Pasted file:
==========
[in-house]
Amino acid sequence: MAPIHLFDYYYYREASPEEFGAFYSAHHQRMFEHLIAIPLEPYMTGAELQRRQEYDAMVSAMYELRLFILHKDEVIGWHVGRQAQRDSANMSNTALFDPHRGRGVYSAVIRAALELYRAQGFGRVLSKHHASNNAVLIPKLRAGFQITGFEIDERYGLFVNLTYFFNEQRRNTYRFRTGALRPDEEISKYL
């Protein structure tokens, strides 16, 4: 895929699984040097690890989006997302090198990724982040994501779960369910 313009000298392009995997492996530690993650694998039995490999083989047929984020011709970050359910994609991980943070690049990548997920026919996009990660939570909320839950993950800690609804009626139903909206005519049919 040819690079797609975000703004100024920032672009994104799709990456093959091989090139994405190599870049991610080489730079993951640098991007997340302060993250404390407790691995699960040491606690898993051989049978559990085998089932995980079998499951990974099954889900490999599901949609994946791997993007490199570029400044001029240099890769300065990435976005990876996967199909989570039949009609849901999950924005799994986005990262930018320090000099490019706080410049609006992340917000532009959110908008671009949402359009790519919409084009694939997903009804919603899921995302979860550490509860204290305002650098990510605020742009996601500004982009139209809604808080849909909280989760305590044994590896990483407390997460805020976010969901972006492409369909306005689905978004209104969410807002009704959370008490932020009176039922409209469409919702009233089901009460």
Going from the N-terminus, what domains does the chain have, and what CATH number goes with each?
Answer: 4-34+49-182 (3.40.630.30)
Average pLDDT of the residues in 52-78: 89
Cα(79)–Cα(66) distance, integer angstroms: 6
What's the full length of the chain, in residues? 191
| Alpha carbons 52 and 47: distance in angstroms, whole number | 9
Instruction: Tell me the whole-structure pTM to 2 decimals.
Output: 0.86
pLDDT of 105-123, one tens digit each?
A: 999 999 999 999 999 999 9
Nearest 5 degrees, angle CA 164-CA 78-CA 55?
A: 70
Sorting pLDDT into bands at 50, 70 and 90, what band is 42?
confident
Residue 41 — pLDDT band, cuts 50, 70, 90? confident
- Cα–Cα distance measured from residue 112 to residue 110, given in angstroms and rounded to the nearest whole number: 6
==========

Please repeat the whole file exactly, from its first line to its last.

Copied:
[in-house]
Amino acid sequence: MAPIHLFDYYYYREASPEEFGAFYSAHHQRMFEHLIAIPLEPYMTGAELQRRQEYDAMVSAMYELRLFILHKDEVIGWHVGRQAQRDSANMSNTALFDPHRGRGVYSAVIRAALELYRAQGFGRVLSKHHASNNAVLIPKLRAGFQITGFEIDERYGLFVNLTYFFNEQRRNTYRFRTGALRPDEEISKYL
């Protein structure tokens, strides 16, 4: 895929699984040097690890989006997302090198990724982040994501779960369910 313009000298392009995997492996530690993650694998039995490999083989047929984020011709970050359910994609991980943070690049990548997920026919996009990660939570909320839950993950800690609804009626139903909206005519049919 040819690079797609975000703004100024920032672009994104799709990456093959091989090139994405190599870049991610080489730079993951640098991007997340302060993250404390407790691995699960040491606690898993051989049978559990085998089932995980079998499951990974099954889900490999599901949609994946791997993007490199570029400044001029240099890769300065990435976005990876996967199909989570039949009609849901999950924005799994986005990262930018320090000099490019706080410049609006992340917000532009959110908008671009949402359009790519919409084009694939997903009804919603899921995302979860550490509860204290305002650098990510605020742009996601500004982009139209809604808080849909909280989760305590044994590896990483407390997460805020976010969901972006492409369909306005689905978004209104969410807002009704959370008490932020009176039922409209469409919702009233089901009460």
Going from the N-terminus, what domains does the chain have, and what CATH number goes with each?
Answer: 4-34+49-182 (3.40.630.30)
Average pLDDT of the residues in 52-78: 89
Cα(79)–Cα(66) distance, integer angstroms: 6
What's the full length of the chain, in residues? 191
| Alpha carbons 52 and 47: distance in angstroms, whole number | 9
Instruction: Tell me the whole-structure pTM to 2 decimals.
Output: 0.86
pLDDT of 105-123, one tens digit each?
A: 999 999 999 999 999 999 9
Nearest 5 degrees, angle CA 164-CA 78-CA 55?
A: 70
Sorting pLDDT into bands at 50, 70 and 90, what band is 42?
confident
Residue 41 — pLDDT band, cuts 50, 70, 90? confident
- Cα–Cα distance measured from residue 112 to residue 110, given in angstroms and rounded to the nearest whole number: 6